Sarajevo, Bosnia and Herzegovina: The Pain the World Forgot

The bus ride to Sarajevo wound through a mountainous region of Bosnia & Herzegovina. The sheer rocky cliff sides starkly contrasted with the dense forests around it. The image reminded me of scenes from the movie Avatar. It was breathtaking and almost fictional. Our bus carefully navigated the endless switchbacks before eventually moseying down into the valley that held Sarajevo.

The bridge upon which WW1 was started. The site of the assassination of Archduke Franz Ferdinand.

Sarajevo had truly come a long way in the last 30 years since the Bosnian War for Independence from Yugoslavia. It appeared that the tension between Serbs, Bozniaks, and Croats were long gone, or at least less apparent. The city contained its own bubble of tolerance. Within just a few small blocks, a Jewish synagogue, Orthodox Cathedral, Muslim Mosque, and Catholic Cathedral all reside near one another. Mosques by far appeared to outnumber the other religions, but the walled courtyards exuded an inviting, peaceful place for friends to gather or the weary to seek refuge.

Young women in their twenties caroused around the tourist center with short booty shorts as women strolled nearby in full black burkas from head to toe, with only dark eyes peering out from below. Muslim children fed pigeons beside Christian children, while fathers from both cultures laughed and took pictures as their families enjoyed an outing. The western rhetoric about Islam can sometimes be polarizing and derisive. Sarajevo was surreal and instilled hope for greater understanding across cultures.

Bascarsija was the old town in Sarajevo where we spent much of our time. Wooden shops stood full of Turkish lanterns, copper Bosnian tea-sets, eastern-patterned pillows, and decorative scarves as a few examples. The “souvenirs” in Sarajevo were unique and different than anything we had run across until that point. Roaming the columns and rows of the market, smells of local fare wafted our way and we could not resist their draw. They were so irresistible that Hannah and I actually shipped a few small things back home, as they were unlike anything we had seen back home or on the trip up to that point.

Cevapcici, a tubular kebab of minced meat, was served beside onions and fluffy pita bread on a small metallic disk. Further along, burek, a meat, spinach, cheese, or potato stuffed phyllo pastry enticed visitors by the trayful. Takeaway orders were weighed by the kilogram, while servers inquired as to what kind and brought diners arbitrary amounts (or so it seemed for us). The local way appeared to be eaten with a thin white yogurt on top. Aside from these delectable street foods, I did have a schawarma wrap one evening, as I hadn’t eaten much at an earlier meal. I woke up the following morning sick with food poisoning for the first several hours, but I was able to kick it and still enjoy the remainder of the afternoon at a slow pace.

We joined a free walking tour one afternoon that took us through the history of Sarajevo during the Bosnian War. The Bosnian War for independence lasted 4 years from 1991 to 1995. Much of the time, Sarajevo was under siege from the surrounding hilltops that enclose the city. Our guide, aged 7-11 during the war, told us of his personal perspective and memories. While his family lived in an 8th floor apartment, the majority of the complex moved into a communal room in the basement for safety for several years. This was a common way of life during the war, many families were forced into similar situations for the pursuit of safety. Throughout the Bosnian War, actual gunfire was rare in this city, aside from a strip called Sniper’s Alley. Sarajevo, instead, was under siege from the mountains outside the city. Serbian forces utilized artillery and mortars to inflict both terror and destruction on the people and buildings of the city.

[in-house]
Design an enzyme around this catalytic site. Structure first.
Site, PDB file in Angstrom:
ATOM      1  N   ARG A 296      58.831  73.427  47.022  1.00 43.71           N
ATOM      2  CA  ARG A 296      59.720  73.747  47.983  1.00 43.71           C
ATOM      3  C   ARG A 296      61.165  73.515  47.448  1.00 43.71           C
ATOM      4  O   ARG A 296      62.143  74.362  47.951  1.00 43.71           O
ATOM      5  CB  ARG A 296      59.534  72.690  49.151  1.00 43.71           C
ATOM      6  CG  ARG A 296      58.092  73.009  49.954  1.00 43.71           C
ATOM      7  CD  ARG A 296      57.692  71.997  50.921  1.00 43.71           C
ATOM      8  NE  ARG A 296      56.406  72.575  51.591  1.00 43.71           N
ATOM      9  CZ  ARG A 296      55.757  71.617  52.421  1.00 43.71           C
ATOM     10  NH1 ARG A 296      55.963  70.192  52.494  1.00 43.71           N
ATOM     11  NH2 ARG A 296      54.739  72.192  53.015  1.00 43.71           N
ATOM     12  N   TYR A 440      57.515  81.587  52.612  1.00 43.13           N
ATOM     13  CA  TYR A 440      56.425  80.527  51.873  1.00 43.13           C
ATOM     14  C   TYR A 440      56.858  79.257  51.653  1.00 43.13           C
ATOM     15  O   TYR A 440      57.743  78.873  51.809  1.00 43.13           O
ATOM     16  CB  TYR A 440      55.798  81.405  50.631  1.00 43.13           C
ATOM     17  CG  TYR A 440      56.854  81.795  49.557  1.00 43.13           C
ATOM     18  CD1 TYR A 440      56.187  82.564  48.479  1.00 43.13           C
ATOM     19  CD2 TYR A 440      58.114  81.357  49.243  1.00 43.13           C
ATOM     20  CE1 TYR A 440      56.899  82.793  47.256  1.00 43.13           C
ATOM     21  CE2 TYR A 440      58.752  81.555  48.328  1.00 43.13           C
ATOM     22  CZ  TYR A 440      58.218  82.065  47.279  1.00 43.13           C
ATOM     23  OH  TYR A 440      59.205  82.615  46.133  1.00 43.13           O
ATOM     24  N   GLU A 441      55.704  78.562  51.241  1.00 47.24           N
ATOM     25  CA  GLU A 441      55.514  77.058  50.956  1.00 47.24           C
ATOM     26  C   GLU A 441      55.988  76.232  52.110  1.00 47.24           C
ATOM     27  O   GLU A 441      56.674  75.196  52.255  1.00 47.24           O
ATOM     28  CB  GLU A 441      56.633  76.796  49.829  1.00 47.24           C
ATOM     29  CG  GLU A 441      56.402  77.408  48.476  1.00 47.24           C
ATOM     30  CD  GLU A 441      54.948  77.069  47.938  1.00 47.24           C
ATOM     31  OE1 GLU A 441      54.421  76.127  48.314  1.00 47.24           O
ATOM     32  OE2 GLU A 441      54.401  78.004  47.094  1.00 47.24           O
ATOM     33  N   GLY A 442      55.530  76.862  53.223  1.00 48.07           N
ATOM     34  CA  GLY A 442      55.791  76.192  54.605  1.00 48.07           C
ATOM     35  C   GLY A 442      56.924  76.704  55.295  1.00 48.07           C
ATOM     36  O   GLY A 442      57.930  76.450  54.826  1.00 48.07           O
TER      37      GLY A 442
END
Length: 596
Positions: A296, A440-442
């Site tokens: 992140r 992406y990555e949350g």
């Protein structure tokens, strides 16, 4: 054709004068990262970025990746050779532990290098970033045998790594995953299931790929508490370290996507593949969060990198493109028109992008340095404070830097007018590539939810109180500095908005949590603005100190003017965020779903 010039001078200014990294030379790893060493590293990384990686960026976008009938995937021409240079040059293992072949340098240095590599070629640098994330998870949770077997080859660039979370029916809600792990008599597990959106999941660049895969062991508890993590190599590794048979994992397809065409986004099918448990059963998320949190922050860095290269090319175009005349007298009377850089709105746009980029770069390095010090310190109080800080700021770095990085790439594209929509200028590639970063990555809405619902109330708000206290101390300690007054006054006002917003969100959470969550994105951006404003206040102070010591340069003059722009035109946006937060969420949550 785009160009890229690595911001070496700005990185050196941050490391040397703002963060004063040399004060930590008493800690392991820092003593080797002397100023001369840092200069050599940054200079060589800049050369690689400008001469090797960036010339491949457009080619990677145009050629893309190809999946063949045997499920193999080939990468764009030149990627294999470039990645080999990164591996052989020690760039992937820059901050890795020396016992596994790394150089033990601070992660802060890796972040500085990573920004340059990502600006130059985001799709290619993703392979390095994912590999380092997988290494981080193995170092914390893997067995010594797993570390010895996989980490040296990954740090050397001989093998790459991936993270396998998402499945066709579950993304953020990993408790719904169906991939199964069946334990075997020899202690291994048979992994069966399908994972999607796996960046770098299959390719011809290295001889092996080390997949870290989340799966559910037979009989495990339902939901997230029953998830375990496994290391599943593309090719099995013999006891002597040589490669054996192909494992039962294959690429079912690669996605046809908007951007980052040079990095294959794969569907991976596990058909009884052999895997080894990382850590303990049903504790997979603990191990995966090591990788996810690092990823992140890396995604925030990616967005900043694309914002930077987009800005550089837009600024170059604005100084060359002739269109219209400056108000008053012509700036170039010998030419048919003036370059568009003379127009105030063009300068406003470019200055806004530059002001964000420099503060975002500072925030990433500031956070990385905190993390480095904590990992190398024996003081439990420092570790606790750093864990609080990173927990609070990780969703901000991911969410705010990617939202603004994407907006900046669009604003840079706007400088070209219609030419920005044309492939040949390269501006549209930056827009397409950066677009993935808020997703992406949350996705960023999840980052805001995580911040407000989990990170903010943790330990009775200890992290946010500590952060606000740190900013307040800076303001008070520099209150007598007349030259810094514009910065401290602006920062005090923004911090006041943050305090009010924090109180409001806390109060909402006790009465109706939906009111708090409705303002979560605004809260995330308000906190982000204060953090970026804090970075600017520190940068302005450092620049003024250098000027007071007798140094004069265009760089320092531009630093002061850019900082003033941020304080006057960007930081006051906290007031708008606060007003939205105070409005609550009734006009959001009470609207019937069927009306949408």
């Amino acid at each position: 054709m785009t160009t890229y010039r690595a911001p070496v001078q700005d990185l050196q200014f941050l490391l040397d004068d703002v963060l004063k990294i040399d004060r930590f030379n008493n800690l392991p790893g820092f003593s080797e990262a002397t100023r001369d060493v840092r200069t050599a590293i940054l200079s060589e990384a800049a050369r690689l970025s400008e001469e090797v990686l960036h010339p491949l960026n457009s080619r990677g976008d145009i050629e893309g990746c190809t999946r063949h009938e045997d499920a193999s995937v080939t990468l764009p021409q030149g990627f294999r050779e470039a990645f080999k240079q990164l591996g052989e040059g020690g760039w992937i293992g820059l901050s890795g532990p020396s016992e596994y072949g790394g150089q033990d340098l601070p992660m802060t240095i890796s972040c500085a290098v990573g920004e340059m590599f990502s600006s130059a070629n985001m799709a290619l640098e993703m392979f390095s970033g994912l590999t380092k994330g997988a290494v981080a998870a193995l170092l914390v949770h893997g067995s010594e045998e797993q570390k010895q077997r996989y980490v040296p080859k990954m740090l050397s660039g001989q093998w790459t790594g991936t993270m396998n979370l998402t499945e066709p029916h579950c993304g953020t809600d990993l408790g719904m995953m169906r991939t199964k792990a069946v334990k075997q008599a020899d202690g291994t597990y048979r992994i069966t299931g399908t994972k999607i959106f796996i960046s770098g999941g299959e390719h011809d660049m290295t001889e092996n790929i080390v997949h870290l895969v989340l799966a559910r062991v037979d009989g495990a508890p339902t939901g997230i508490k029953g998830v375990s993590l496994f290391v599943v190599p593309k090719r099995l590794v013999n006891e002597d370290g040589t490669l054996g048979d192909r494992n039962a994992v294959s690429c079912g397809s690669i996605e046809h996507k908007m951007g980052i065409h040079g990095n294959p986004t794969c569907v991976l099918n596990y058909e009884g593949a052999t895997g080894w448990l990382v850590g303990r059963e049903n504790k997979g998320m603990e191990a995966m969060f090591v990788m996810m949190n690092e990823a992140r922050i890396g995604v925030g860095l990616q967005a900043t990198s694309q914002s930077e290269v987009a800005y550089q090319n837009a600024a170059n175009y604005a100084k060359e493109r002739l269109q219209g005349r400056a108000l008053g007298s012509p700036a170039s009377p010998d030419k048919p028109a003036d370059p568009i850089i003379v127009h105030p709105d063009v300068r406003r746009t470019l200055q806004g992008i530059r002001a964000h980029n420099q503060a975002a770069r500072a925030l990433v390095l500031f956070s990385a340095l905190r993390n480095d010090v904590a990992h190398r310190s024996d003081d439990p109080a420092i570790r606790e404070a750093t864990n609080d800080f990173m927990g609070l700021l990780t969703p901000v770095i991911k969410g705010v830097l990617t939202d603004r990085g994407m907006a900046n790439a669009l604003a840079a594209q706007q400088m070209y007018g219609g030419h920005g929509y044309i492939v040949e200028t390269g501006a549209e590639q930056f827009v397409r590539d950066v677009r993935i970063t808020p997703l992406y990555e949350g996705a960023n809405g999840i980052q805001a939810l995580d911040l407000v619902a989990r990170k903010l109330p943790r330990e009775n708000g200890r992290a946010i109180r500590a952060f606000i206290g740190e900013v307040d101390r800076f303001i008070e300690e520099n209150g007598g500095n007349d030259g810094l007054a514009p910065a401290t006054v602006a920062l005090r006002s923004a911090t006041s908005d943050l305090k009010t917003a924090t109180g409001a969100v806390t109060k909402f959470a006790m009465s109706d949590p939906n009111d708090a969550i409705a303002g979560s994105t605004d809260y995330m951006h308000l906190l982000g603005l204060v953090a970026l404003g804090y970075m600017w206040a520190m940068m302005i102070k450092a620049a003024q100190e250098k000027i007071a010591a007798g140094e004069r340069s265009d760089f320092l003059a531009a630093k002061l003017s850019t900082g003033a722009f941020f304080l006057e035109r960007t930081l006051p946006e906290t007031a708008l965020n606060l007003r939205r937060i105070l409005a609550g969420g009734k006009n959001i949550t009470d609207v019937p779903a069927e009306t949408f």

An average of 300 explosions took place each day in Sarajevo during the 44 month siege. Further along the route, our guide pointed out older buildings pockmarked across their faces. The large marks were holes from artillery shells and mortars. Some buildings had been fully repaired, but many did not have the funds. Others had ownership disputes after so many people fled the ciy and country during the war. Throughout Sarajevo, there were permanent scars of red resin splashed “roses” on the concrete walkways where major artillery shells landed during the war.

At times throughout the trip, I went on a jog in the evenings to experience the city in a different way. A memorable evening run in Sarajevo took me past Mazarje Stadion. My feet inextricably grounded to a very slow walk. Hundreds upon hundreds of white stone graves stared back at me. It was obvious they were all from the same time period. The stadium was built for the 1984 Olympic games in Sarajevo. It was the site of joyous cheering, pride, and drawing together the international community for sport. More than a decade later, its purpose stood as a direct antithesis, a converted cemetery. It now serves as a reminder of tragedy and the wake of destruction left behind by the Bosnian war in the 1990s.

The city contained many reminders, museums, and information regarding the war, atrocities, and genocide that took place there. While we only had so much time to take all of it in, Sarajevo’s beleaguered history left us with a deep appreciation of safety and reminder of the fragility of human life.

On a final note, our walking tour guide told of one experience that I will never forget. During the war, he and his friends had collected the old wrappers of long ago eaten chocolate bars. They would pull them out of storage to just smell them and sometimes trade them, as it as was the closest thing they had to a treat. It left a lasting impression of how, despite adversity, children will still look for the good in a situation.


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